Canada’s annual inflation rate fell in July, with Statistics Canada reporting that consumer prices rose 1.3 per cent from a year earlier.
In June, prices were up 1.5 per cent from the year before.
Consumer prices grew at a slower pace in eight provinces, but in Newfoundland and Labrador, consumer prices rose 1.6 per cent from July 2011 to July 2012. From June to July this year, there was an increase of 0.1 per cent in this province.
Prices in Ontario grew at the slowest pace. The Ontario consumer price index rose 0.7 per cent year over year in July, the smallest increase in that province since October 2009. As in June, Ontario recorded the smallest rate of increase for food purchased from stores, which rose 0.8 per cent in July. This compares with a 1.9 per cent increase for Canada. Gasoline prices declined 3.7 per cent in the 12 months to July.
On a seasonally adjusted monthly basis, the Canadian Consumer Price Index declined 0.1 per cent in July.
According to Statistics Canada, prices in every major category except clothing and footwear increased over the past year in the county. Food prices rose 2.1 per cent in the 12 months to July, following a two per cent advance in June.
Shelter costs nationally rose one per cent over the 12-month period to July after increasing 1.3 per cent the previous month. And, higher costs for telephone services and financial services led to year-over-year price gains for the household operations, furnishings and equipment component, Statistics Canada said in its latest report.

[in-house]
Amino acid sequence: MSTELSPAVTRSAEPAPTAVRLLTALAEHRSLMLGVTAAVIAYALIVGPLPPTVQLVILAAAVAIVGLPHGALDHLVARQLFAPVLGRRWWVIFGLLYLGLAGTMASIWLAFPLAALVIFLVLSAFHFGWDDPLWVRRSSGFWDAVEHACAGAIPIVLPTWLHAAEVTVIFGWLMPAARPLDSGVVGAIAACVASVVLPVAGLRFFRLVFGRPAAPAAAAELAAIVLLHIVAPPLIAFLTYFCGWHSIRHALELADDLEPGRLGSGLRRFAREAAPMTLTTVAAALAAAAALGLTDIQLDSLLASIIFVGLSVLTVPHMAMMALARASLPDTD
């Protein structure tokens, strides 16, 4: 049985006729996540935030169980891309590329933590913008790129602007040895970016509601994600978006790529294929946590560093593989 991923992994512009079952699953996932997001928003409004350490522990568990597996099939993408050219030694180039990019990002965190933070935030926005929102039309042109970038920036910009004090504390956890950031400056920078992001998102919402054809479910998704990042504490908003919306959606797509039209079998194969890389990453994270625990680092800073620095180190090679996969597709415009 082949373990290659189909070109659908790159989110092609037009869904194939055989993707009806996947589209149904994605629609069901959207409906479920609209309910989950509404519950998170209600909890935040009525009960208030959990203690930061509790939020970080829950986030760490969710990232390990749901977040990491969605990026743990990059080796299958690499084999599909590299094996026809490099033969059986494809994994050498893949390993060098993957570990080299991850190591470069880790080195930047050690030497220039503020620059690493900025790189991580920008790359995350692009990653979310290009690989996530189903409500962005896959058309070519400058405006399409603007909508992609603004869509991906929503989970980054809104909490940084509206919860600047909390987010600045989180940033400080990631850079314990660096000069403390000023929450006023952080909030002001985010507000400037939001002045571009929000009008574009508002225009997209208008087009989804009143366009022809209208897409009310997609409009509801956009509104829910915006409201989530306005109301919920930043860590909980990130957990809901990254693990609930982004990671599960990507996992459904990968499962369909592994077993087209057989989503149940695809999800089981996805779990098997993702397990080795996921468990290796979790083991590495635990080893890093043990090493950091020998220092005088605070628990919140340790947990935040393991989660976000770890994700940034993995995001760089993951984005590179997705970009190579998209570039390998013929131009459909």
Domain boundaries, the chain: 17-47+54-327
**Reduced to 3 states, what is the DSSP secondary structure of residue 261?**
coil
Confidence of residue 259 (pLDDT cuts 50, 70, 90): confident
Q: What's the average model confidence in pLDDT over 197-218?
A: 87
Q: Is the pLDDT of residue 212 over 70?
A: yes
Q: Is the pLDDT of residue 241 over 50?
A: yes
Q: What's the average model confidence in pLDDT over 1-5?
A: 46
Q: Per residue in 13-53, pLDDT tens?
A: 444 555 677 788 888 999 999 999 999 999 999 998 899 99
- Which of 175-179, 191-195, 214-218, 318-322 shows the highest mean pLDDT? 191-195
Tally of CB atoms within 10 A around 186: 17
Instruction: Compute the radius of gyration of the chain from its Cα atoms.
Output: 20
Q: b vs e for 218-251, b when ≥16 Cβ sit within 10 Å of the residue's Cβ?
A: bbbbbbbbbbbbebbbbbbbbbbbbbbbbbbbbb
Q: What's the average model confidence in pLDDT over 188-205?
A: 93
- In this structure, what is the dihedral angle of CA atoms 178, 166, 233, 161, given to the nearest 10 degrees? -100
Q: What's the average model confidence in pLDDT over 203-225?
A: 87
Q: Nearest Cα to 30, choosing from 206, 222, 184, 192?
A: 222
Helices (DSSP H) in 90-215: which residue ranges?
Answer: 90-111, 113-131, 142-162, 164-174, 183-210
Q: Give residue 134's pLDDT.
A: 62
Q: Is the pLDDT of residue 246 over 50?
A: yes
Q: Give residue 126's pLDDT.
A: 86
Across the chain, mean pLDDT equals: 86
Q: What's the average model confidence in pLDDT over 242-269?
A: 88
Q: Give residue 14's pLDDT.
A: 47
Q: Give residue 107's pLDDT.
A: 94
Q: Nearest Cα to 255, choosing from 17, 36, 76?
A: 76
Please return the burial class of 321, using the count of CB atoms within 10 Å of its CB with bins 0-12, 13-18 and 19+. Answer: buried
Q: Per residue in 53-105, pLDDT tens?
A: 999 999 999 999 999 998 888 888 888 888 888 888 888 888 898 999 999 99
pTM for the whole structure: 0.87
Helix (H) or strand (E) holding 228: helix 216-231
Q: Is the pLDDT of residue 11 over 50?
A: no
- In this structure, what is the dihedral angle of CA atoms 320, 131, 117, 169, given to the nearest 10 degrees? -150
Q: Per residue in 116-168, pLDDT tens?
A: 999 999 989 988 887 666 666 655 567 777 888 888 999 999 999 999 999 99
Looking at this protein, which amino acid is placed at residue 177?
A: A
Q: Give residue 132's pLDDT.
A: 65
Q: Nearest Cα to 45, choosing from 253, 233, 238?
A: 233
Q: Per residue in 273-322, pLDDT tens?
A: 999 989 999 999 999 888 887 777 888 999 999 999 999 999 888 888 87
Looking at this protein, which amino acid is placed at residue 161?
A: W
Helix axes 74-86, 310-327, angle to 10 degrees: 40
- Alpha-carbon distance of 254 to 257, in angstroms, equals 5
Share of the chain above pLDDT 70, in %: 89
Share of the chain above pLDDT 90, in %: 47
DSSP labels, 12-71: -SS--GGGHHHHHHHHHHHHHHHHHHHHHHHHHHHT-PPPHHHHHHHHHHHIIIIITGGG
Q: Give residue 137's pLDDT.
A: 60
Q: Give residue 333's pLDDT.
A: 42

Transportation prices on the national scene rose 1.1 per cent on a year-over-year basis in July after increasing 1.7 per cent in June and the cost for passenger vehicles increased 2.3 per cent in July, following a 3.9 per cent rise the previous month.
The only major component that saw a decline in the 12 months to July was clothing and footwear ( down 0.7 per cent), led by price declines for women's clothing.
The Bank of Canada says it aims to keep inflation at an average of two per cent over the medium term.
Statistics Canada also released rates for major cities, but cautioned that figures may fluctuate widely because they are based on small statistical samples. The breakdown is below with the previous month’s figures are in brackets.
• St. John’s, N.L., 1.6 (2.1)
• Charlottetown-Summerside, 1.5 (1.5)
• Halifax, 1.2 (1.6)
• Saint John, N.B., 0.8 (1.4)
• Quebec, 2.0 (2.1)
• Montreal, 1.9 (2.0)
• Ottawa, 0.7 (1.0)
• Toronto, 1.0 (1.2)
• Thunder Bay, Ont., 0.1 (0.5)
• Winnipeg, 1.7 (1.4)
• Regina, 1.9 (2.1)
• Saskatoon, 1.6 (1.9)
• Edmonton, 1.0 (1.3)
• Calgary, 0.7 (1.3)
• Vancouver, 1.4 (1.7)
• Victoria, 1.0 (1.4)